The Visual Association Test-Extended: a cross-sectional study of the performance validity measures

Sascha R. A. Meyer*, Jos F. M. de Jonghe*, Ben Schmand, Rudolf W. H. M. Ponds

*Corresponding author for this work

Research output: Contribution to journalArticleAcademicpeer-review

6 Citations (Web of Science)

Abstract

Objective: Given the hazards of knowledge about performance validity tests (PVTs) being proliferated among the general public, there is a continuous need to develop new PVTs. The purpose of these studies was to validate the newly developed Visual Association Test-Extended (VAT-E). Method: The VAT-E consists of 24 pairs of line drawings; it is partly based on Green's Word Memory Test (WMT) paradigm. In study 1, we compared VAT-E total scores of healthy controls (n=226), patients with mild cognitive impairment (MCI) (n=76), patients with Alzheimer's disease (AD) (n=26), and persons instructed to feign memory deficit (n=29). In study 2, we compared litigating patients classified by Slick's criteria as Malingering of Neurocognitive Dysfunction (MND) (n=26) or non-MND (n=67). In addition, we compared the VAT-E to the Test of Memory Malingering (TOMM) (study 1) and the WMT (study 2). Results: Results showed that the VAT-E differentiated patients with MCI (specificity 93-100%) or patients with AD (specificity 92-100%) from persons instructed to feign (sensitivity 86-100%). The VAT-E also differentiated MND from non-MND (sensitivity 54%, specificity 97%). The VAT-E was in perfect agreement with the TOMM in classifying healthy controls and persons instructed to feign, and it was in moderate agreement with the WMT in classifying non-MND and MND. Conclusion: Preliminary evidence shows that the VAT-E may be a useful PVT based on the ability to differentiate between those with genuine memory impairment, persons instructed to feign memory impairment, and a group suspected of malingering cognitive deficits.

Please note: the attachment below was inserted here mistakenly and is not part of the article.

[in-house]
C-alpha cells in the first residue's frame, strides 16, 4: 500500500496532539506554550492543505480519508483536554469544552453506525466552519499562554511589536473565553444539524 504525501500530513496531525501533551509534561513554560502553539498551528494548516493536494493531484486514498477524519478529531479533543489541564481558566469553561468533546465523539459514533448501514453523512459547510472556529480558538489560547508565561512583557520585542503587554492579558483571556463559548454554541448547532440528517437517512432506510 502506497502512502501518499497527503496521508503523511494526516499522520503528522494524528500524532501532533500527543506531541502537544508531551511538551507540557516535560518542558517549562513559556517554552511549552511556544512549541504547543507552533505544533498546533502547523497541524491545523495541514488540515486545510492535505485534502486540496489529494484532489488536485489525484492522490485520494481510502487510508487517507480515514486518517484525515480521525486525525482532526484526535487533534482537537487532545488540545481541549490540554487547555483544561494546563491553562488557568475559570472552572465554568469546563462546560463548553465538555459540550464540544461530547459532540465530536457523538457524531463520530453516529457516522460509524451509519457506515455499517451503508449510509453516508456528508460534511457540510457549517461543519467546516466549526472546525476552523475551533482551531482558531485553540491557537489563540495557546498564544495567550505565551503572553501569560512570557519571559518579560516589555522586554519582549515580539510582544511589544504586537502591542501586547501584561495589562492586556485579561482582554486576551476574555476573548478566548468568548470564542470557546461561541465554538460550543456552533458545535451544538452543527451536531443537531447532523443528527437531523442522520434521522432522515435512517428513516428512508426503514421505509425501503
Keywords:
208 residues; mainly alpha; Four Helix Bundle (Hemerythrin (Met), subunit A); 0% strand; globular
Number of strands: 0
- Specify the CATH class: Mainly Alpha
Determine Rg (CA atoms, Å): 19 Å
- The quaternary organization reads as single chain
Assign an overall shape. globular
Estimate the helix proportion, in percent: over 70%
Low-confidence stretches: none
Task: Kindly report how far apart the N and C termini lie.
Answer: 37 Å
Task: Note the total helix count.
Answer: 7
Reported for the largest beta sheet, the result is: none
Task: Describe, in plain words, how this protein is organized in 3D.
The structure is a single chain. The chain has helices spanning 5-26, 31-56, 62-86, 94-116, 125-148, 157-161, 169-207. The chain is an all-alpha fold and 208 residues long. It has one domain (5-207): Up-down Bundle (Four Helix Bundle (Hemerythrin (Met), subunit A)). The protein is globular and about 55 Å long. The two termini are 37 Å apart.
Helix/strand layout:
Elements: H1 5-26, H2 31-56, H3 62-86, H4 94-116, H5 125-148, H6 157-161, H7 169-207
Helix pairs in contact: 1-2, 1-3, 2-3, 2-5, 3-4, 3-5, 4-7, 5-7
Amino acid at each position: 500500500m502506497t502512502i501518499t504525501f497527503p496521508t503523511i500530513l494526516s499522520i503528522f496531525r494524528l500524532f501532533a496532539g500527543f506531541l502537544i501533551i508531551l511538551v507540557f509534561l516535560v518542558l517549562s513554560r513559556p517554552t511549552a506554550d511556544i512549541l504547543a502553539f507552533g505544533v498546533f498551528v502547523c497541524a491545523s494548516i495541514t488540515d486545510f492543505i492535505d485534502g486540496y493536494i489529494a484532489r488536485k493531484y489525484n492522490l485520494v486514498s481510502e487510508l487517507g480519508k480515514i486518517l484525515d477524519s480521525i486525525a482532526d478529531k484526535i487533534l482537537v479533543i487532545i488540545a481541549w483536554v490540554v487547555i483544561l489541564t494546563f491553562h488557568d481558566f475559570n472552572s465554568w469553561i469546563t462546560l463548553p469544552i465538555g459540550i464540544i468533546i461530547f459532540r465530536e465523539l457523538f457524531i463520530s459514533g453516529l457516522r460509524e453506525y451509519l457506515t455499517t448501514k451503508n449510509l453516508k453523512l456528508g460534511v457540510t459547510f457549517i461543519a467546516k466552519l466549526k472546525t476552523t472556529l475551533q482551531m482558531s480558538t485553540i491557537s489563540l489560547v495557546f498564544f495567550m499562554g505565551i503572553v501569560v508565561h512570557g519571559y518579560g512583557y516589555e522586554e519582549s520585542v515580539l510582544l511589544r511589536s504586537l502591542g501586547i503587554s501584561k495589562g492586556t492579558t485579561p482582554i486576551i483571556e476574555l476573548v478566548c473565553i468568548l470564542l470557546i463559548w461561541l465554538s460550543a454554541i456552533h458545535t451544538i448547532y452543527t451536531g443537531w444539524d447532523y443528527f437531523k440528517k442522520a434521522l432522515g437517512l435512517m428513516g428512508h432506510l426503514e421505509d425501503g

Original languageEnglish
Pages (from-to)798-813
Number of pages16
JournalNeuropsychology, Development and Cognition. Section D: The Clinical Neuropsychologist
Volume31
Issue number4
DOIs
Publication statusPublished - 2017

Keywords

  • Performance validity test
  • simulating
  • malingering
  • memory
  • psychometrics
  • TRAUMATIC BRAIN-INJURY
  • WORD MEMORY TEST
  • CLASSIFICATION ACCURACY
  • ALZHEIMERS-DISEASE
  • HEAD-INJURY
  • COGNITIVE IMPAIRMENT
  • DISABILITY CLAIMANTS
  • LIKELIHOOD RATIOS
  • CHRONIC PAIN
  • DEMENTIA

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